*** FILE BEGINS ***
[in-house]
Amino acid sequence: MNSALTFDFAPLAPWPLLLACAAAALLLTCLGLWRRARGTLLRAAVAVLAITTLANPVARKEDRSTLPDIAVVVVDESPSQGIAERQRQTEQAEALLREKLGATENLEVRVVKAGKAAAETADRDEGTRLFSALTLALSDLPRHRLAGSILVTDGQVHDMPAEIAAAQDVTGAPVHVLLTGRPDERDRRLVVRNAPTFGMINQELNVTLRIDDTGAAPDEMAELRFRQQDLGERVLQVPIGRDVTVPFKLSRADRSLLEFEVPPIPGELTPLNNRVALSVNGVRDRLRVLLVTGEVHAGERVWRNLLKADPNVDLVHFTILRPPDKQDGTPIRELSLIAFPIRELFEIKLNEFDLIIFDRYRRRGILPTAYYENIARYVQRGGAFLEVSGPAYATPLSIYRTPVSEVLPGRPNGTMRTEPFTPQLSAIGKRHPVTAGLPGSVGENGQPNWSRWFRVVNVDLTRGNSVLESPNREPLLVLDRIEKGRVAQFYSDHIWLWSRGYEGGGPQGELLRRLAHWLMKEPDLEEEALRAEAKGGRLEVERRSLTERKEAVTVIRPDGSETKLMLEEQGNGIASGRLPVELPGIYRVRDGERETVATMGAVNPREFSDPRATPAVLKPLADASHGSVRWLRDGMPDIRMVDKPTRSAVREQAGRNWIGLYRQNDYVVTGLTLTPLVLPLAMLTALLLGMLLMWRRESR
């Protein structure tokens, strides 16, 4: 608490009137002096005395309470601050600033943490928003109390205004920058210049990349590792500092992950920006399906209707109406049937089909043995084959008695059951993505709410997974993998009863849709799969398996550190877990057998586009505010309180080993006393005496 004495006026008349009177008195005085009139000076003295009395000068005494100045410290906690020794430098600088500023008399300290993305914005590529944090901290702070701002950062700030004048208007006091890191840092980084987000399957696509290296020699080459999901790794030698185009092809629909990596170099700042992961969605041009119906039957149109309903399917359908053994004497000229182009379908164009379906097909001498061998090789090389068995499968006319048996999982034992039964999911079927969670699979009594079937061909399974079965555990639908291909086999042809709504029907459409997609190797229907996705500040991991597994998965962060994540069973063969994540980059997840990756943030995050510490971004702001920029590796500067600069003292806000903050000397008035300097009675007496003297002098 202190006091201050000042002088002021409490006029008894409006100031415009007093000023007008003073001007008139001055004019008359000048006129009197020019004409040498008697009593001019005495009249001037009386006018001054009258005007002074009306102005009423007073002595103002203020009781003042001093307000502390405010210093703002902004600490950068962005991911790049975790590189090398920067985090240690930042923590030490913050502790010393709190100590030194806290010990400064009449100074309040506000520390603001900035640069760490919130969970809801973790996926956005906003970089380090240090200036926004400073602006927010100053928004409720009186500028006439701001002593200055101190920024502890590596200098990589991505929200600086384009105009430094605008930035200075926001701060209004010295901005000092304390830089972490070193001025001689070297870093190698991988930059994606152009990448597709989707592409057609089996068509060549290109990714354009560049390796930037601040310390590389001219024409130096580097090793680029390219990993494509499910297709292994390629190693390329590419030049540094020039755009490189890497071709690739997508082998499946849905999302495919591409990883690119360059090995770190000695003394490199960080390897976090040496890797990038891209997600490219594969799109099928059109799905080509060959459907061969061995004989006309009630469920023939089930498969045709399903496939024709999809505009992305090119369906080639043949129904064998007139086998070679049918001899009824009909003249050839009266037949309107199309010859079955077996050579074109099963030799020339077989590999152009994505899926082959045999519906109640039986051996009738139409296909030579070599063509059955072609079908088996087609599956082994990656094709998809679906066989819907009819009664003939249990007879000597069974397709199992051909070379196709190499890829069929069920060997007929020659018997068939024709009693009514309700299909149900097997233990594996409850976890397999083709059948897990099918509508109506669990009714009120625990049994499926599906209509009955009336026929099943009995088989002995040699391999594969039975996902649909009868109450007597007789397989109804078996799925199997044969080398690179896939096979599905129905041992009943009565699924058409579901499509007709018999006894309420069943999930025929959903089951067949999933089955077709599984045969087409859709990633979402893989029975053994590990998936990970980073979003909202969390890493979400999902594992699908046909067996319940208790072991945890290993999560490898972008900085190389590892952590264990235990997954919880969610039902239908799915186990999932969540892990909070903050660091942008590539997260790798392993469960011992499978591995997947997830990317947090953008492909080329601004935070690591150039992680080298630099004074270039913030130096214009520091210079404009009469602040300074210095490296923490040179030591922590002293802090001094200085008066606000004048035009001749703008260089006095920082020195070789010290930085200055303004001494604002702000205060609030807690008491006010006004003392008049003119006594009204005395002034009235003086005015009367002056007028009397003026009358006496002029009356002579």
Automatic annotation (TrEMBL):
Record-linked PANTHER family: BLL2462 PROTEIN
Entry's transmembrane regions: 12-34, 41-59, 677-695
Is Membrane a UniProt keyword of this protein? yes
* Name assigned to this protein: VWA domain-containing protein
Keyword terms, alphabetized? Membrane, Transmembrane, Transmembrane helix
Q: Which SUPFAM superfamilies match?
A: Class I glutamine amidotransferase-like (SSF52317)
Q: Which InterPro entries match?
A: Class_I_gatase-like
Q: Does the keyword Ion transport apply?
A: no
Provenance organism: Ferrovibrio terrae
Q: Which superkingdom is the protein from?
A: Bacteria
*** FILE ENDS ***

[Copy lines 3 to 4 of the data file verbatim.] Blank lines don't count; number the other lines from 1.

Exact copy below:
């Protein structure tokens, strides 16, 4: 608490009137002096005395309470601050600033943490928003109390205004920058210049990349590792500092992950920006399906209707109406049937089909043995084959008695059951993505709410997974993998009863849709799969398996550190877990057998586009505010309180080993006393005496 004495006026008349009177008195005085009139000076003295009395000068005494100045410290906690020794430098600088500023008399300290993305914005590529944090901290702070701002950062700030004048208007006091890191840092980084987000399957696509290296020699080459999901790794030698185009092809629909990596170099700042992961969605041009119906039957149109309903399917359908053994004497000229182009379908164009379906097909001498061998090789090389068995499968006319048996999982034992039964999911079927969670699979009594079937061909399974079965555990639908291909086999042809709504029907459409997609190797229907996705500040991991597994998965962060994540069973063969994540980059997840990756943030995050510490971004702001920029590796500067600069003292806000903050000397008035300097009675007496003297002098 202190006091201050000042002088002021409490006029008894409006100031415009007093000023007008003073001007008139001055004019008359000048006129009197020019004409040498008697009593001019005495009249001037009386006018001054009258005007002074009306102005009423007073002595103002203020009781003042001093307000502390405010210093703002902004600490950068962005991911790049975790590189090398920067985090240690930042923590030490913050502790010393709190100590030194806290010990400064009449100074309040506000520390603001900035640069760490919130969970809801973790996926956005906003970089380090240090200036926004400073602006927010100053928004409720009186500028006439701001002593200055101190920024502890590596200098990589991505929200600086384009105009430094605008930035200075926001701060209004010295901005000092304390830089972490070193001025001689070297870093190698991988930059994606152009990448597709989707592409057609089996068509060549290109990714354009560049390796930037601040310390590389001219024409130096580097090793680029390219990993494509499910297709292994390629190693390329590419030049540094020039755009490189890497071709690739997508082998499946849905999302495919591409990883690119360059090995770190000695003394490199960080390897976090040496890797990038891209997600490219594969799109099928059109799905080509060959459907061969061995004989006309009630469920023939089930498969045709399903496939024709999809505009992305090119369906080639043949129904064998007139086998070679049918001899009824009909003249050839009266037949309107199309010859079955077996050579074109099963030799020339077989590999152009994505899926082959045999519906109640039986051996009738139409296909030579070599063509059955072609079908088996087609599956082994990656094709998809679906066989819907009819009664003939249990007879000597069974397709199992051909070379196709190499890829069929069920060997007929020659018997068939024709009693009514309700299909149900097997233990594996409850976890397999083709059948897990099918509508109506669990009714009120625990049994499926599906209509009955009336026929099943009995088989002995040699391999594969039975996902649909009868109450007597007789397989109804078996799925199997044969080398690179896939096979599905129905041992009943009565699924058409579901499509007709018999006894309420069943999930025929959903089951067949999933089955077709599984045969087409859709990633979402893989029975053994590990998936990970980073979003909202969390890493979400999902594992699908046909067996319940208790072991945890290993999560490898972008900085190389590892952590264990235990997954919880969610039902239908799915186990999932969540892990909070903050660091942008590539997260790798392993469960011992499978591995997947997830990317947090953008492909080329601004935070690591150039992680080298630099004074270039913030130096214009520091210079404009009469602040300074210095490296923490040179030591922590002293802090001094200085008066606000004048035009001749703008260089006095920082020195070789010290930085200055303004001494604002702000205060609030807690008491006010006004003392008049003119006594009204005395002034009235003086005015009367002056007028009397003026009358006496002029009356002579």
Automatic annotation (TrEMBL):